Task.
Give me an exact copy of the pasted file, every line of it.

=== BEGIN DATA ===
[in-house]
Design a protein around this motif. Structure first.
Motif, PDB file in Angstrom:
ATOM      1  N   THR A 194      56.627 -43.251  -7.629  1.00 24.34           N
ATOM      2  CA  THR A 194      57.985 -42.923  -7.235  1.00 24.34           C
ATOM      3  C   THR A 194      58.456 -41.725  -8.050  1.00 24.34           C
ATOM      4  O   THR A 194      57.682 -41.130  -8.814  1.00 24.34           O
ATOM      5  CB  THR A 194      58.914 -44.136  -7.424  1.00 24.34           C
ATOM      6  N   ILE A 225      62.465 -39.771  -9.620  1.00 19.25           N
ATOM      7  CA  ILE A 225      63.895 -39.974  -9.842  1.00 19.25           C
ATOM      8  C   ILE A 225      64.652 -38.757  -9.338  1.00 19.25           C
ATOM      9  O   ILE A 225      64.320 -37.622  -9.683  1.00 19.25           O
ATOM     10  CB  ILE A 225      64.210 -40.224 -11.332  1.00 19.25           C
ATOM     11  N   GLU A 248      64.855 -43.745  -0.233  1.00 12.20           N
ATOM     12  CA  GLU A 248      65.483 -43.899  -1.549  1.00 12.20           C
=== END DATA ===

[in-house]
Design a protein around this motif. Structure first.
Motif, PDB file in Angstrom:
ATOM      1  N   THR A 194      56.627 -43.251  -7.629  1.00 24.34           N
ATOM      2  CA  THR A 194      57.985 -42.923  -7.235  1.00 24.34           C
ATOM      3  C   THR A 194      58.456 -41.725  -8.050  1.00 24.34           C
ATOM      4  O   THR A 194      57.682 -41.130  -8.814  1.00 24.34           O
ATOM      5  CB  THR A 194      58.914 -44.136  -7.424  1.00 24.34           C
ATOM      6  N   ILE A 225      62.465 -39.771  -9.620  1.00 19.25           N
ATOM      7  CA  ILE A 225      63.895 -39.974  -9.842  1.00 19.25           C
ATOM      8  C   ILE A 225      64.652 -38.757  -9.338  1.00 19.25           C
ATOM      9  O   ILE A 225      64.320 -37.622  -9.683  1.00 19.25           O
ATOM     10  CB  ILE A 225      64.210 -40.224 -11.332  1.00 19.25           C
ATOM     11  N   GLU A 248      64.855 -43.745  -0.233  1.00 12.20           N
ATOM     12  CA  GLU A 248      65.483 -43.899  -1.549  1.00 12.20           C